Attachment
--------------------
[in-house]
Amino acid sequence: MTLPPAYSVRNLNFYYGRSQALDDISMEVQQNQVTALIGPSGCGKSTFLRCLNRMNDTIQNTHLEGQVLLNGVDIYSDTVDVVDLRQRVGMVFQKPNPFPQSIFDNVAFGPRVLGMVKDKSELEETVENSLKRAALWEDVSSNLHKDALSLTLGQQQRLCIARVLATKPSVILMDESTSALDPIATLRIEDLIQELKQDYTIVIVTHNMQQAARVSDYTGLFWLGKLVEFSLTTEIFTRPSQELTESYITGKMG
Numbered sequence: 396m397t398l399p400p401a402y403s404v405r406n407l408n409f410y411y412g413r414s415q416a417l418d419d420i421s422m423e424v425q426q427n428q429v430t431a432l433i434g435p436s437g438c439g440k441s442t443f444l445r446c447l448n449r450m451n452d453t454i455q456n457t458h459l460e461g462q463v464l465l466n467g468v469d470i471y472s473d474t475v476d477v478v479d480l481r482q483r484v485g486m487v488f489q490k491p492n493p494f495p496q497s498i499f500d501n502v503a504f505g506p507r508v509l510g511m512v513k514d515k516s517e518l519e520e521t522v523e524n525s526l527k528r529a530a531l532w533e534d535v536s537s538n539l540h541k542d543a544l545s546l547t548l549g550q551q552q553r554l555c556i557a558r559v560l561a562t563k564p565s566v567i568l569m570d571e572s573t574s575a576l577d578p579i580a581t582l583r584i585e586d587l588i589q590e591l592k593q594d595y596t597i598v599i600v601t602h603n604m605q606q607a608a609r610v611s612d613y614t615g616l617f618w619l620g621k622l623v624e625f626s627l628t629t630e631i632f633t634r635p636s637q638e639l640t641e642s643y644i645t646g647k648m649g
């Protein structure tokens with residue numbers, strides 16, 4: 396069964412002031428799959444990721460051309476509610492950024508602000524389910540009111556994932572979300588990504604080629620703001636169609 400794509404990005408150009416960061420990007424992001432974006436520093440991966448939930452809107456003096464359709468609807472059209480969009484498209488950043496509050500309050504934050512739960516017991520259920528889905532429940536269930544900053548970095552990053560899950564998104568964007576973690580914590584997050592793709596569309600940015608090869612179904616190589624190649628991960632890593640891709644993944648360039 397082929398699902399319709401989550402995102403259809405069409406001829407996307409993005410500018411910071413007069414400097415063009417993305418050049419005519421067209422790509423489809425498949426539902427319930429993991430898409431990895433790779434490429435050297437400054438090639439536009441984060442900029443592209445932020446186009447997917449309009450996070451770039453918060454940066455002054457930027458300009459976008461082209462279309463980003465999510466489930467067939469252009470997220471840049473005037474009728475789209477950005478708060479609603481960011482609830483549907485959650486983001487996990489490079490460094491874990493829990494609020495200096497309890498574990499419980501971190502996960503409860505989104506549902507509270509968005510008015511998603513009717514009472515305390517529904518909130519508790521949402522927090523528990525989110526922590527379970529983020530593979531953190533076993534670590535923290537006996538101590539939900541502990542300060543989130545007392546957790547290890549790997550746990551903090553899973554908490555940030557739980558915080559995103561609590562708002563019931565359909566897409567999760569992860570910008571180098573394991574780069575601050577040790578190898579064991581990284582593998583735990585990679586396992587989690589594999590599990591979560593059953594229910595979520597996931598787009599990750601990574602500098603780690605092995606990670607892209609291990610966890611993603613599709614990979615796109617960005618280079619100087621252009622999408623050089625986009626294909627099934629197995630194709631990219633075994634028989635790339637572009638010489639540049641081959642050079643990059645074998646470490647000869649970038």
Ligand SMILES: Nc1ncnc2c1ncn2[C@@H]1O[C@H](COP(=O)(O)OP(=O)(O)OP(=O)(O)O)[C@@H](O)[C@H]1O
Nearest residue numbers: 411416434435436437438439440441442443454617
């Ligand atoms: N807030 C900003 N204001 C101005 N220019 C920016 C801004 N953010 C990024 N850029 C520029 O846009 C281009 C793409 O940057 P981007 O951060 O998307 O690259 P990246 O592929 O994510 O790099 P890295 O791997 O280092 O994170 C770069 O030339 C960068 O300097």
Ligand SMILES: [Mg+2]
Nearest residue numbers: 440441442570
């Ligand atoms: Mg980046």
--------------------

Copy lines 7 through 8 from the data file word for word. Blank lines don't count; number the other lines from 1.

């Ligand atoms: N807030 C900003 N204001 C101005 N220019 C920016 C801004 N953010 C990024 N850029 C520029 O846009 C281009 C793409 O940057 P981007 O951060 O998307 O690259 P990246 O592929 O994510 O790099 P890295 O791997 O280092 O994170 C770069 O030339 C960068 O300097």
Ligand SMILES: [Mg+2]